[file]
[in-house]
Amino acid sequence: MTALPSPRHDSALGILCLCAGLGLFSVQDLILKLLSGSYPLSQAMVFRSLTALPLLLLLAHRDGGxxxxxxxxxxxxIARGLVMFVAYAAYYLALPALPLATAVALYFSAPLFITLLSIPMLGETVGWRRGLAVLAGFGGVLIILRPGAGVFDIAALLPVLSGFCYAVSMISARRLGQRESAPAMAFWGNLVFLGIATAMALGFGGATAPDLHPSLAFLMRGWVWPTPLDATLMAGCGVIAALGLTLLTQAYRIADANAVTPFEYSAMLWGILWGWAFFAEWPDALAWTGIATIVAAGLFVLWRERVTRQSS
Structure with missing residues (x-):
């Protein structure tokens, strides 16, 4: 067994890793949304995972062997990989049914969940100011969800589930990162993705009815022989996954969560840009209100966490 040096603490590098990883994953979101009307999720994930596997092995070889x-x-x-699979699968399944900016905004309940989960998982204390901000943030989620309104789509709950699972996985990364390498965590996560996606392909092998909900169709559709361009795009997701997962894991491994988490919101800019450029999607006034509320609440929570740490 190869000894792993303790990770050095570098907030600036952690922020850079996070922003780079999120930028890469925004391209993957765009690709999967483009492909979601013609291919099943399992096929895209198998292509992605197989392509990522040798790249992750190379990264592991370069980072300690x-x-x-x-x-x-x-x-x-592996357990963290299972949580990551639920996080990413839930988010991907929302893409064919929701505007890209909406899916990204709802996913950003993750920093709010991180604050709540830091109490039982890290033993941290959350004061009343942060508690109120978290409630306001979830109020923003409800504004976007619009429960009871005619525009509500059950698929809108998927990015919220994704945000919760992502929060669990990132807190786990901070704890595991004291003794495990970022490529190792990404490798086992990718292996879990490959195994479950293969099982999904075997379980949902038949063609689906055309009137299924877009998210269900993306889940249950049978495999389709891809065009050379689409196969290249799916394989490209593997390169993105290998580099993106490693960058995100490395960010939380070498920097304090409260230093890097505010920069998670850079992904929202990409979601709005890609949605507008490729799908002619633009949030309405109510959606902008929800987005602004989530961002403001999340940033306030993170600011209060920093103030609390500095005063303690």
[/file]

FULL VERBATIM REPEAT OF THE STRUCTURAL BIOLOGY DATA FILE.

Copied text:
[in-house]
Amino acid sequence: MTALPSPRHDSALGILCLCAGLGLFSVQDLILKLLSGSYPLSQAMVFRSLTALPLLLLLAHRDGGxxxxxxxxxxxxIARGLVMFVAYAAYYLALPALPLATAVALYFSAPLFITLLSIPMLGETVGWRRGLAVLAGFGGVLIILRPGAGVFDIAALLPVLSGFCYAVSMISARRLGQRESAPAMAFWGNLVFLGIATAMALGFGGATAPDLHPSLAFLMRGWVWPTPLDATLMAGCGVIAALGLTLLTQAYRIADANAVTPFEYSAMLWGILWGWAFFAEWPDALAWTGIATIVAAGLFVLWRERVTRQSS
Structure with missing residues (x-):
């Protein structure tokens, strides 16, 4: 067994890793949304995972062997990989049914969940100011969800589930990162993705009815022989996954969560840009209100966490 040096603490590098990883994953979101009307999720994930596997092995070889x-x-x-699979699968399944900016905004309940989960998982204390901000943030989620309104789509709950699972996985990364390498965590996560996606392909092998909900169709559709361009795009997701997962894991491994988490919101800019450029999607006034509320609440929570740490 190869000894792993303790990770050095570098907030600036952690922020850079996070922003780079999120930028890469925004391209993957765009690709999967483009492909979601013609291919099943399992096929895209198998292509992605197989392509990522040798790249992750190379990264592991370069980072300690x-x-x-x-x-x-x-x-x-592996357990963290299972949580990551639920996080990413839930988010991907929302893409064919929701505007890209909406899916990204709802996913950003993750920093709010991180604050709540830091109490039982890290033993941290959350004061009343942060508690109120978290409630306001979830109020923003409800504004976007619009429960009871005619525009509500059950698929809108998927990015919220994704945000919760992502929060669990990132807190786990901070704890595991004291003794495990970022490529190792990404490798086992990718292996879990490959195994479950293969099982999904075997379980949902038949063609689906055309009137299924877009998210269900993306889940249950049978495999389709891809065009050379689409196969290249799916394989490209593997390169993105290998580099993106490693960058995100490395960010939380070498920097304090409260230093890097505010920069998670850079992904929202990409979601709005890609949605507008490729799908002619633009949030309405109510959606902008929800987005602004989530961002403001999340940033306030993170600011209060920093103030609390500095005063303690």